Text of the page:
Alfred Wegener was a German born geologist, whose work involved geophysics and meteorology. Wegener’s studies at university included physics, astronomy, and meteorology, and he also gained a PhD in Astronomy. After university Wegener’s work focussed more on meteorology and climatology.
His achievements included adopting the use of weather balloons to track air masses, and producing a series of lectures titled ‘The Thermodynamics Of The Atmosphere’, which was adopted as a standard text by meteorology scholars. Another key paper titled ‘Origins Of Continents And Oceans’ was published in 1915.
Wegener is most famous for his continental drift theory, which was first proposed in 1912. When he presented this theory, he proposed that the different continents were slowly moving or drifting around the earth’s surface. When it was first proposed, the continental drift theory was accepted as merely that, a theory, which was met with scepticism and opposition. Further discoveries and research, and a build-up of support, led to the theory finally being accepted in the 1950’s.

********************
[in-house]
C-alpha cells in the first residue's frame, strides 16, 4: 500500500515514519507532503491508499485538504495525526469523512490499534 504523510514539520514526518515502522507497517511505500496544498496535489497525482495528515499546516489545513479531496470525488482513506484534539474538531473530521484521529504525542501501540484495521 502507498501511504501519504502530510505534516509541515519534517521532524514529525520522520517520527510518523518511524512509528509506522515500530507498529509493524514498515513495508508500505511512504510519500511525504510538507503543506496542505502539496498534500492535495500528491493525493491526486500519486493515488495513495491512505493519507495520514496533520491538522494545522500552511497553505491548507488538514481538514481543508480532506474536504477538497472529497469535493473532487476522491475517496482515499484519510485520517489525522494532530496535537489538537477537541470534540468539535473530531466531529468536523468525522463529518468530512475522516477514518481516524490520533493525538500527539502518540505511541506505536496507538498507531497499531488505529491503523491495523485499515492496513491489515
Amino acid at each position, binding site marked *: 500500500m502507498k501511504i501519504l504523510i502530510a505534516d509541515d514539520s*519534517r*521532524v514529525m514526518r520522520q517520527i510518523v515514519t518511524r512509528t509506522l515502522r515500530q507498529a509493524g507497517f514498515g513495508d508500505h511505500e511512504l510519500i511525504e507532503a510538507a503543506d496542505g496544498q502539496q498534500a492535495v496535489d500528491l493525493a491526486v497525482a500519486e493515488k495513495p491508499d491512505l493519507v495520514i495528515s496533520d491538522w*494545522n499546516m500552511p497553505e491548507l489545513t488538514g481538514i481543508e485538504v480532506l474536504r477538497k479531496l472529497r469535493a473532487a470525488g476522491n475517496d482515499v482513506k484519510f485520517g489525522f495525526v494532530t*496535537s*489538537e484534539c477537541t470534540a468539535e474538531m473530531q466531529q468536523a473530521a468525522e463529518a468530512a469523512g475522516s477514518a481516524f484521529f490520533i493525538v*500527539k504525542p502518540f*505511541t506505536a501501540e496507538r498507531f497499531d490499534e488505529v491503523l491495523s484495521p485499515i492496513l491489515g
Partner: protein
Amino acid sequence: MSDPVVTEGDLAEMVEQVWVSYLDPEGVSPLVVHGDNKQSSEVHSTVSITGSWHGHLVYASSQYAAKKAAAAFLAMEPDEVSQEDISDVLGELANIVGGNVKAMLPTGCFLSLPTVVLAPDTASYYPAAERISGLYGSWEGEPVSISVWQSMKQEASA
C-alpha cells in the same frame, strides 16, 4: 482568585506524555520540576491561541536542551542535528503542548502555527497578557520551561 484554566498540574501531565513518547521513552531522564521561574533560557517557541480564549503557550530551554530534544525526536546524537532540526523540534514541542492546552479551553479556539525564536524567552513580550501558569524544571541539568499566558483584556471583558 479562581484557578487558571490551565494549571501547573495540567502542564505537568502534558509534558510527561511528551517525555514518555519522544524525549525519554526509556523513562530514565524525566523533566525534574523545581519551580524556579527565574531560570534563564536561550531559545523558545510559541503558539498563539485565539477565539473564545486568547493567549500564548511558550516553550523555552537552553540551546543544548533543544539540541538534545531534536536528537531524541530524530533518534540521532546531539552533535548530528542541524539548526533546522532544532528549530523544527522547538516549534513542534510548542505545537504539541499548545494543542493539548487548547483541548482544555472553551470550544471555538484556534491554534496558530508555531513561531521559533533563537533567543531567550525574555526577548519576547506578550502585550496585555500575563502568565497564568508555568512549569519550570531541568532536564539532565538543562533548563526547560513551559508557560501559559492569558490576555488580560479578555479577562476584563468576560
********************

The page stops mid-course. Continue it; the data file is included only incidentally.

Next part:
Along with his lectures, Wegener also took on some field work, which involved expeditions to Greenland to look at polar air circulation, and an ambitious plan to monitor Arctic weather for a year. Although the expedition attracted investment, and was, despite setbacks, initially a success, transfer of supplies between camps in harsh conditions, led to Wegener’s death. He died in November 1930, leaving behind some key contributions in his field of geology.